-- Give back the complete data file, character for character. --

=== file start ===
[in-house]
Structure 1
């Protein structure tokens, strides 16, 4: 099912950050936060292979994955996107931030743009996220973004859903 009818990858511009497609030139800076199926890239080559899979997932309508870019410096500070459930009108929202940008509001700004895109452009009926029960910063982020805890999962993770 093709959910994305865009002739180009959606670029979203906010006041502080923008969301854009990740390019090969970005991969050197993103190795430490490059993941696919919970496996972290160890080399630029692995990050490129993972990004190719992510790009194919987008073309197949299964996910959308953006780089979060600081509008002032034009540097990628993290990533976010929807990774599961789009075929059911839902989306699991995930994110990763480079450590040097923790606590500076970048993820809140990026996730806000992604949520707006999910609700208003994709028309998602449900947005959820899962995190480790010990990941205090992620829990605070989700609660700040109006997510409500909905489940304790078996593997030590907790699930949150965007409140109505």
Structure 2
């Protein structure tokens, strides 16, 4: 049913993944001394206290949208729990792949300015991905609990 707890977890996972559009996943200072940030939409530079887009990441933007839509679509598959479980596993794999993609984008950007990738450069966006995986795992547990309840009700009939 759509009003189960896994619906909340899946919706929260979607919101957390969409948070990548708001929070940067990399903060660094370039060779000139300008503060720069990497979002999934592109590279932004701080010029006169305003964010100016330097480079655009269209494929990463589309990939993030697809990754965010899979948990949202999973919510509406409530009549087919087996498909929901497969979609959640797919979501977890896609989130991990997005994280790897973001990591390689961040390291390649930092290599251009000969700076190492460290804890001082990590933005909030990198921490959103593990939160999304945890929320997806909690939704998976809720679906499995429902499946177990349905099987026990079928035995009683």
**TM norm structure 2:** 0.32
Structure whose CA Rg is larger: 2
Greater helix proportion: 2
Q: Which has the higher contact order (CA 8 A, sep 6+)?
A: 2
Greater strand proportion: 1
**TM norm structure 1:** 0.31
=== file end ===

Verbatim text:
[in-house]
Structure 1
């Protein structure tokens, strides 16, 4: 099912950050936060292979994955996107931030743009996220973004859903 009818990858511009497609030139800076199926890239080559899979997932309508870019410096500070459930009108929202940008509001700004895109452009009926029960910063982020805890999962993770 093709959910994305865009002739180009959606670029979203906010006041502080923008969301854009990740390019090969970005991969050197993103190795430490490059993941696919919970496996972290160890080399630029692995990050490129993972990004190719992510790009194919987008073309197949299964996910959308953006780089979060600081509008002032034009540097990628993290990533976010929807990774599961789009075929059911839902989306699991995930994110990763480079450590040097923790606590500076970048993820809140990026996730806000992604949520707006999910609700208003994709028309998602449900947005959820899962995190480790010990990941205090992620829990605070989700609660700040109006997510409500909905489940304790078996593997030590907790699930949150965007409140109505």
Structure 2
């Protein structure tokens, strides 16, 4: 049913993944001394206290949208729990792949300015991905609990 707890977890996972559009996943200072940030939409530079887009990441933007839509679509598959479980596993794999993609984008950007990738450069966006995986795992547990309840009700009939 759509009003189960896994619906909340899946919706929260979607919101957390969409948070990548708001929070940067990399903060660094370039060779000139300008503060720069990497979002999934592109590279932004701080010029006169305003964010100016330097480079655009269209494929990463589309990939993030697809990754965010899979948990949202999973919510509406409530009549087919087996498909929901497969979609959640797919979501977890896609989130991990997005994280790897973001990591390689961040390291390649930092290599251009000969700076190492460290804890001082990590933005909030990198921490959103593990939160999304945890929320997806909690939704998976809720679906499995429902499946177990349905099987026990079928035995009683």
**TM norm structure 2:** 0.32
Structure whose CA Rg is larger: 2
Greater helix proportion: 2
Q: Which has the higher contact order (CA 8 A, sep 6+)?
A: 2
Greater strand proportion: 1
**TM norm structure 1:** 0.31